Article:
The Bed of Procrustes by Nassim Nicholas Taleb

Rating: 9/10

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The Bed of Procrustes by Nassim Nicholas Taleb

Rating: 9/10

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High-Level Thoughts

No other book can get me into a good groove of thought as quickly as this one. The joy of aphorisms is that they’re bite sized pieces of thought meant to get you going, so you can jump around and find ones that fit the moment and you’re off. Don’t read this as your first Taleb book though.

Summary Notes

It wouldn’t be appropriate to summarize any of the aphorisms. As Taleb says himself:

“My best definition of a nerd: someone who asks you to explain an aphorism.”

So instead, here are some of my favorites from the book. I strongly recommend you get it yourself, as this is less than 5% of them.

“Your brain is most intelligent when you don’t instruct it on what to do— something people who take showers discover on occasion.”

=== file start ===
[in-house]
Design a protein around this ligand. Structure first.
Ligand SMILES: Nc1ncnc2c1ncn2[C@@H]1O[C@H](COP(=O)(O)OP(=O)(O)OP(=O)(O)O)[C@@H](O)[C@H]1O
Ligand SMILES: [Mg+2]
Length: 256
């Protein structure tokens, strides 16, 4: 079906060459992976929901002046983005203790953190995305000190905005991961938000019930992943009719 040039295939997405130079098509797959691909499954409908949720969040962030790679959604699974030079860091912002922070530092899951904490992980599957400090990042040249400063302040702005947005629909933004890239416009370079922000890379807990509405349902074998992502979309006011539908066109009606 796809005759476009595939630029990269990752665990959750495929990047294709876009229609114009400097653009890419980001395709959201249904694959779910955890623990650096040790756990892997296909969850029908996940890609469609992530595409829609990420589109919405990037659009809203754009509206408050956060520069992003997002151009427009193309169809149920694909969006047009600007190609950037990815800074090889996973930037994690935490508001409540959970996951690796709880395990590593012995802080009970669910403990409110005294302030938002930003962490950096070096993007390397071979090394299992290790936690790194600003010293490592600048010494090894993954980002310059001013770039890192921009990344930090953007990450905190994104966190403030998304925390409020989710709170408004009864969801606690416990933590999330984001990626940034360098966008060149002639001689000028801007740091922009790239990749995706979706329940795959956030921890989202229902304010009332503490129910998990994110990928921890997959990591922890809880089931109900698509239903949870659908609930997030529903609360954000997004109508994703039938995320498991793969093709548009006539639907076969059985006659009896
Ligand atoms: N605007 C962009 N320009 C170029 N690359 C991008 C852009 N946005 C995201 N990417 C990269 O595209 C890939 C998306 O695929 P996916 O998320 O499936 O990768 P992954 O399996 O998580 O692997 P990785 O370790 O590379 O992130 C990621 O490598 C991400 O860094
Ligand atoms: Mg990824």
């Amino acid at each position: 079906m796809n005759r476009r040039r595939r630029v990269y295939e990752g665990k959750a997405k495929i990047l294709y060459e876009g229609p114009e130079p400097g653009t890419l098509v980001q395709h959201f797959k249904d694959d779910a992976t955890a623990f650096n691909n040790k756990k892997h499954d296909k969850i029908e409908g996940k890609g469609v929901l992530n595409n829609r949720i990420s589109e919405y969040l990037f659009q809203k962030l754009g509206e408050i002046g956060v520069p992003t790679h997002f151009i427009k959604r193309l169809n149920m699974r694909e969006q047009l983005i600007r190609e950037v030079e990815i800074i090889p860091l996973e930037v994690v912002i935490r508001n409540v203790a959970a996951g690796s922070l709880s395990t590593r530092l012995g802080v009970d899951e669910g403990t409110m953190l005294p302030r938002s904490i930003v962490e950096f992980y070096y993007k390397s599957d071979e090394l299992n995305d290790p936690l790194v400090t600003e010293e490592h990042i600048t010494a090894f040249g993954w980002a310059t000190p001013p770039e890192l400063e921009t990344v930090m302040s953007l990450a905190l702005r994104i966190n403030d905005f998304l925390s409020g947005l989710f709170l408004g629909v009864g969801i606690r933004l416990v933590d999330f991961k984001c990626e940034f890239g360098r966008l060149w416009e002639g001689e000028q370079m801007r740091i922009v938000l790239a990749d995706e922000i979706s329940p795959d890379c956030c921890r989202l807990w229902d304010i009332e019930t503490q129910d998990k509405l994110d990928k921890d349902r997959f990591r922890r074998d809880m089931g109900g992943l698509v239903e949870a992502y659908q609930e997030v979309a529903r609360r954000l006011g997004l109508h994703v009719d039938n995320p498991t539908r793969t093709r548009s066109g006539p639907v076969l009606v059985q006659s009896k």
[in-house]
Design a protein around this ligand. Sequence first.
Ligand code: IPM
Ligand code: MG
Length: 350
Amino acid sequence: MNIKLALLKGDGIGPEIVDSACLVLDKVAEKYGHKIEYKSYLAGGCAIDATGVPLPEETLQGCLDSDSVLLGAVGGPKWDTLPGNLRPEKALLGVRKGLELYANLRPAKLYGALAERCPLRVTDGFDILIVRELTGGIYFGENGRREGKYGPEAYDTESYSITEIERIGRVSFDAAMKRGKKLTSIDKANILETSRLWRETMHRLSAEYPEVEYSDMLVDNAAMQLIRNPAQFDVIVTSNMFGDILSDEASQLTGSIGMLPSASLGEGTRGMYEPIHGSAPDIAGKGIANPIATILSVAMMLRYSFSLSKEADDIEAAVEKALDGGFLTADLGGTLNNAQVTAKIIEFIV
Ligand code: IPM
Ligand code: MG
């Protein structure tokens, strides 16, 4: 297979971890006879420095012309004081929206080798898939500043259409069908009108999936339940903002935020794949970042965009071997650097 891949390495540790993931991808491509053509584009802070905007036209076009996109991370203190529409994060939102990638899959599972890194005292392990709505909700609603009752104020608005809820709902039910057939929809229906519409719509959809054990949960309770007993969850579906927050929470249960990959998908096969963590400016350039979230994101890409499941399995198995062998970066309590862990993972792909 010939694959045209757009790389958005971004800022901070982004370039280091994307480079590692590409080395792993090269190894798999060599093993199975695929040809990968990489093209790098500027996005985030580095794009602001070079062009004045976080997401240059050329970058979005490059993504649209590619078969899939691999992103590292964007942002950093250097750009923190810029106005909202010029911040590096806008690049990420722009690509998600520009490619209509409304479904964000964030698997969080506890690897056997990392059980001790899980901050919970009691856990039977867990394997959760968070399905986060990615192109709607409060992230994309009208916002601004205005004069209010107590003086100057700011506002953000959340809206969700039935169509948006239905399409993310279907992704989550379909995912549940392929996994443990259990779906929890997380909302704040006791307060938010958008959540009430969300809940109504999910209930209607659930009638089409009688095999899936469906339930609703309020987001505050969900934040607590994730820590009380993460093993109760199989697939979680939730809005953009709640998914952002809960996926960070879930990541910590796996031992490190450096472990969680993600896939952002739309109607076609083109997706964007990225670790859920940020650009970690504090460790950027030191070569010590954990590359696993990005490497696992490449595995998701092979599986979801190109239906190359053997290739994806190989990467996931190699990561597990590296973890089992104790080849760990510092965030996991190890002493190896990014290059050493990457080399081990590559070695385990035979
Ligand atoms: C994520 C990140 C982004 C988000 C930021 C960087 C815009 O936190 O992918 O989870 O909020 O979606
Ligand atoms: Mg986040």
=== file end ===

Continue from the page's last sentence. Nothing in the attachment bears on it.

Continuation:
“It is harder to say no when you really mean it than when you don’t.”

“The most painful moments are not those we spend with uninteresting people; rather, they are those spent with uninteresting people trying hard to be interesting.”

“If you get easily bored, it means that your BS detector is functioning properly; if you forget (some) things, it means that your mind knows how to filter; and if you feel sadness, it means that you are human.” (May be my favorite in the book)

“We need to feel a little bit lost somewhere, physically or intellectually, at least once a day.”

“You exist if and only if you are free to do things without a visible objective, with no justification and, above all, outside the dictatorship of someone else’s narrative.”

“One categorical: it is easier to fast than diet. You cannot be “slightly” kosher or halal by only eating a small portion of ham.”

“Studying the work and intellectual habits of a “genius” to learn from him is like studying the garb of a chef to emulate his cooking.”

“What fools call “wasting time” is most often the best investment.”